Best New Piece of Gear
I'd probably have to say the "Be Cool Bands" which are little wrist pouches that keep your wrists cool. They only last for 30 minutes if it's really hot out, but you can go back to your house mid run and swap out the ice packs, giving you another 30 minutes. I only got to test these out once because I was unable to run for most of the summer. But the time that I did use them, they seemed to help and they felt really good!

Best Piece of Running Advice You Received
I would say "focus on the process, not the outcome" but that's a bit vague. I've received so much great guidance from my sports psychologist, it's hard to just pick one thing. Probably the idea of constructive post-race reviews and post-workout reviews to build confidence. As a perfectionist, I tend to get upset if a run doesn't go well. I especially do this for races. But I've learned how to make my post-race reviews constructive and I've learned to temper my emotions. 

I've written numerous blog posts on all the great stuff I am learning about myself and the progress I am making from a mindset perspective. There's no running/training advice nearly as valuable to me at this point in my journey as advice on how to keep myself relaxed and how to build my confidence.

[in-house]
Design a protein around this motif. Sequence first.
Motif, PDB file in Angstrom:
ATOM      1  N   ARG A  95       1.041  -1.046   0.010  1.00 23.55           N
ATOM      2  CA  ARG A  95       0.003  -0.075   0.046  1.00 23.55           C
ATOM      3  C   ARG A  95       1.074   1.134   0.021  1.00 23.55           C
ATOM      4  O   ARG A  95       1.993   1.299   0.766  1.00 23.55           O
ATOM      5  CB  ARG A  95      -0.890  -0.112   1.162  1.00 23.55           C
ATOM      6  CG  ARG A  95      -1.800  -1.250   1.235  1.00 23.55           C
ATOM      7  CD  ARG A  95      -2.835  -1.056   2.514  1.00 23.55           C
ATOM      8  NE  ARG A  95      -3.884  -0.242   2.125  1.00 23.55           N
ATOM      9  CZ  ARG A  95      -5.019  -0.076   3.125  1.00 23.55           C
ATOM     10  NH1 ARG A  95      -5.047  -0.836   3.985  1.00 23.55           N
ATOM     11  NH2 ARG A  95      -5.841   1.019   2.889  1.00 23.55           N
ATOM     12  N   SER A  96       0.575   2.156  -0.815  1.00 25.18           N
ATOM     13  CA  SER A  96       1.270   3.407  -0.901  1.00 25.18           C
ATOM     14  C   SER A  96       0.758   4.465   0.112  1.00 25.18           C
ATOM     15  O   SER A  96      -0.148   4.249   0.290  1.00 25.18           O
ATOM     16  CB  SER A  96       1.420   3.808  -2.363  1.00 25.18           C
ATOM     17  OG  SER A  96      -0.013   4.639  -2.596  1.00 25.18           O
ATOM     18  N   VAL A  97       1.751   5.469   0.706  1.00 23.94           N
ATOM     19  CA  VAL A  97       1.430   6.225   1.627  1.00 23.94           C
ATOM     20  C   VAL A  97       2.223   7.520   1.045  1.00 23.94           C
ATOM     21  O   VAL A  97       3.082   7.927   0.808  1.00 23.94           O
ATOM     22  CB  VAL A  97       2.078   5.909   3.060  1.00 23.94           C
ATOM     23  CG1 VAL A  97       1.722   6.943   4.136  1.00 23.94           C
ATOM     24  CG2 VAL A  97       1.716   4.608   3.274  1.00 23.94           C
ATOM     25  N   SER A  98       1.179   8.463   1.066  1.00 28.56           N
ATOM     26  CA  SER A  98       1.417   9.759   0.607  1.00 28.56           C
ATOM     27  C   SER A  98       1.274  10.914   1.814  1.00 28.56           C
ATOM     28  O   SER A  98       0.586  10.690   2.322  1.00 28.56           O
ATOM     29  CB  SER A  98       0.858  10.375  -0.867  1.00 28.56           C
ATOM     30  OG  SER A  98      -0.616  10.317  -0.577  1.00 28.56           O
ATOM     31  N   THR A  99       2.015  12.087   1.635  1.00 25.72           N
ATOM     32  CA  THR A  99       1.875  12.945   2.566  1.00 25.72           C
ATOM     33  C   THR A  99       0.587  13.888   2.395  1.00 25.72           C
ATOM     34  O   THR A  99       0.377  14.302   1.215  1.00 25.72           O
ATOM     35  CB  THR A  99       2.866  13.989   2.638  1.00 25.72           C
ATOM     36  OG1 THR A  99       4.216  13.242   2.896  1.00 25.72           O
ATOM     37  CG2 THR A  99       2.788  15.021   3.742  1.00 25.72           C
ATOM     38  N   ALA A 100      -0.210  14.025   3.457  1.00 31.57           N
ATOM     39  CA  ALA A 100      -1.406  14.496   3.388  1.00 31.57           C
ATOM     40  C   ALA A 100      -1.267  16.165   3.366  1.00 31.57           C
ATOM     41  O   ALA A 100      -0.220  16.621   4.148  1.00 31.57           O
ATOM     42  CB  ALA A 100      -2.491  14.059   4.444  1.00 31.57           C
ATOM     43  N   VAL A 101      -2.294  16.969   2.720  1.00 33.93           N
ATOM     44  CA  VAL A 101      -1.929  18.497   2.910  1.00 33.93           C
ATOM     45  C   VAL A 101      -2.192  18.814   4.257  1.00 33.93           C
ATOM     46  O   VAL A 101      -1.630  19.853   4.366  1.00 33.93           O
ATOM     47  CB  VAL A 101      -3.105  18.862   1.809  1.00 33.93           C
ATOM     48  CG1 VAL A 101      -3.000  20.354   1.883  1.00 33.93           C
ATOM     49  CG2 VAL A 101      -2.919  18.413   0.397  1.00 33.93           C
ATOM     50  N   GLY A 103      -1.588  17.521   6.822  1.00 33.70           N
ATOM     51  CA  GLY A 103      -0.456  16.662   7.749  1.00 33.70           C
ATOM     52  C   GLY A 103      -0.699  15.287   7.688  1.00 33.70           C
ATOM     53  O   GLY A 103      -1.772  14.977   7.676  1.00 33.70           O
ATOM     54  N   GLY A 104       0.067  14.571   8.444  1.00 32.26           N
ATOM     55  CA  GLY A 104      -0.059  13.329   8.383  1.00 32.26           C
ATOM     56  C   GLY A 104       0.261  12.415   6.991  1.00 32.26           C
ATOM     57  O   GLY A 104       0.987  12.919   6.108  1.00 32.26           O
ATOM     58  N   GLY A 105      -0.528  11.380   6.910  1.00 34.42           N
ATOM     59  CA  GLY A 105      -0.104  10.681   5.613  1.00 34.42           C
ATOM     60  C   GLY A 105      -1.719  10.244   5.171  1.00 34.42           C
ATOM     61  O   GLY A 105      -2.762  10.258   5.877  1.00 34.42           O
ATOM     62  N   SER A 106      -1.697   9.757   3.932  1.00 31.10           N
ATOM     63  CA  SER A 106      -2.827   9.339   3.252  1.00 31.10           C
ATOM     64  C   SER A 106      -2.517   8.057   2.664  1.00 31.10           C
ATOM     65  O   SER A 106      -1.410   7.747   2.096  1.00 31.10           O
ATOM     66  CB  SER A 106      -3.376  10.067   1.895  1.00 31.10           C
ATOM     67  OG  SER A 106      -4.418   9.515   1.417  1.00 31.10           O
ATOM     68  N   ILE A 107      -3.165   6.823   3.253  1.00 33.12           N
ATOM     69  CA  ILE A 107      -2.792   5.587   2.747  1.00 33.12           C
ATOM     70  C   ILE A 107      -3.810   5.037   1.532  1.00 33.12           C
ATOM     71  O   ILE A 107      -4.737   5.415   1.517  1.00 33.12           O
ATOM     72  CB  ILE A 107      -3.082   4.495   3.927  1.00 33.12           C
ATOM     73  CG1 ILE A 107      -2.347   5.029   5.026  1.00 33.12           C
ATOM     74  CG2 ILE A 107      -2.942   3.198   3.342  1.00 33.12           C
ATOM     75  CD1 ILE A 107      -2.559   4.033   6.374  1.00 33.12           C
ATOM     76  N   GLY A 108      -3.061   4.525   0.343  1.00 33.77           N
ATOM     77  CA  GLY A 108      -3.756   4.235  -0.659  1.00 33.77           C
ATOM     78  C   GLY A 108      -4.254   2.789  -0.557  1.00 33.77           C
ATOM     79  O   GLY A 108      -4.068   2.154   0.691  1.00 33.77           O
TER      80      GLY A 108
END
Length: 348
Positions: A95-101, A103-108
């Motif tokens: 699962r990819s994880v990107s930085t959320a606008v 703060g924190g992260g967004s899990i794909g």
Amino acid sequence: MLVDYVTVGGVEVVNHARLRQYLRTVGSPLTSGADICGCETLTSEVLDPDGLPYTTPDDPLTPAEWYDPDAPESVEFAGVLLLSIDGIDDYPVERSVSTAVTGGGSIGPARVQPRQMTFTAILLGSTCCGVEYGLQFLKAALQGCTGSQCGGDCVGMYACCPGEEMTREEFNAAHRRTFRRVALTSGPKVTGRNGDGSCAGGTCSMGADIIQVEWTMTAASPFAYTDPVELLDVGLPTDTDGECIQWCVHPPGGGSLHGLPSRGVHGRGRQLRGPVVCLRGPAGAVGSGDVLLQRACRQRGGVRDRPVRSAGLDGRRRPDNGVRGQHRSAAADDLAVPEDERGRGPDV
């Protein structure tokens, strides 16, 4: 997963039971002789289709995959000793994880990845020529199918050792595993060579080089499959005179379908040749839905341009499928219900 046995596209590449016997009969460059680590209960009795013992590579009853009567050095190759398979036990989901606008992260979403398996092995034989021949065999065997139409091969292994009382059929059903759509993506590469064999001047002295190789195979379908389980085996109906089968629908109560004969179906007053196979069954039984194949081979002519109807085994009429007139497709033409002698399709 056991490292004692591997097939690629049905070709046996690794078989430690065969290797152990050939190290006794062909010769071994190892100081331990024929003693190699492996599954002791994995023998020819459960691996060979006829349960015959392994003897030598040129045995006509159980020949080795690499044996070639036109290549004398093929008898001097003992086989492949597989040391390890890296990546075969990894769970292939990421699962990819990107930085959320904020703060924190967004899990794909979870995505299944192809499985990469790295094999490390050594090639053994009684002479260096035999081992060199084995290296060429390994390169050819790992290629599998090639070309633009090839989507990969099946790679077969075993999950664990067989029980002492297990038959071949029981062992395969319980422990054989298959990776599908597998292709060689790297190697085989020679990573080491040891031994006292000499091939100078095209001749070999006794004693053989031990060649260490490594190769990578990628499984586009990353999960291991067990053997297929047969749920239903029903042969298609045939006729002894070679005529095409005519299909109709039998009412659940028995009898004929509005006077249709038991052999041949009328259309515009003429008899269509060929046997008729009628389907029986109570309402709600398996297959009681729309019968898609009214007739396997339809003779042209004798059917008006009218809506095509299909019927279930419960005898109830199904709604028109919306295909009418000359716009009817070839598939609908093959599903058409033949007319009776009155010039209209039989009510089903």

Most Inspirational Runner
My friend Kathy. I met Kathy about two years ago when we both had stress fractures, and were spending a lot of time in the pool. Kathy, similar to me has struggled with marathons for the past few years. She's had bad luck with weather, primarily, and has never felt she's been able to run a time truly reflective of her training. She's also had injuries from time to time. I instantly bonded with her because we had a lot in common, and she was just a lot of fun to be around. 

I had the opportunity to go on a long run with her a few weekends ago. This past fall, she set huge PRs in the 5K, 10-mile and marathon distances. She was just on fire with every race she ran. I said "your training must have really been amazing!". Her response was that she didn't do anything much differently from what she had been doing in years past. The thing that had changed was her mindset. Without revealing too much about her personal journey in my blog, she explained to me how she just changed her perspective on things and suddenly things just fell into place. Her story inspired me so much, because this is exactly the type of change that I have been trying to make in my life over the past six months. She seemed so happy, so relaxed, and it inspired me that I could do the same.

Sum Up Your Year in a Couple of Words
Overcoming obstacles. 

Primarily, I am referring to the obstacles that I tend to put in my own way. Obstacles that create a great deal of anxiety and frustration. Secondarily, health obstacles. I spent most of the summer with mono and then it took me about three months to get my fitness back to where it had been. I still don't know if I am entirely there yet, but I am pretty close.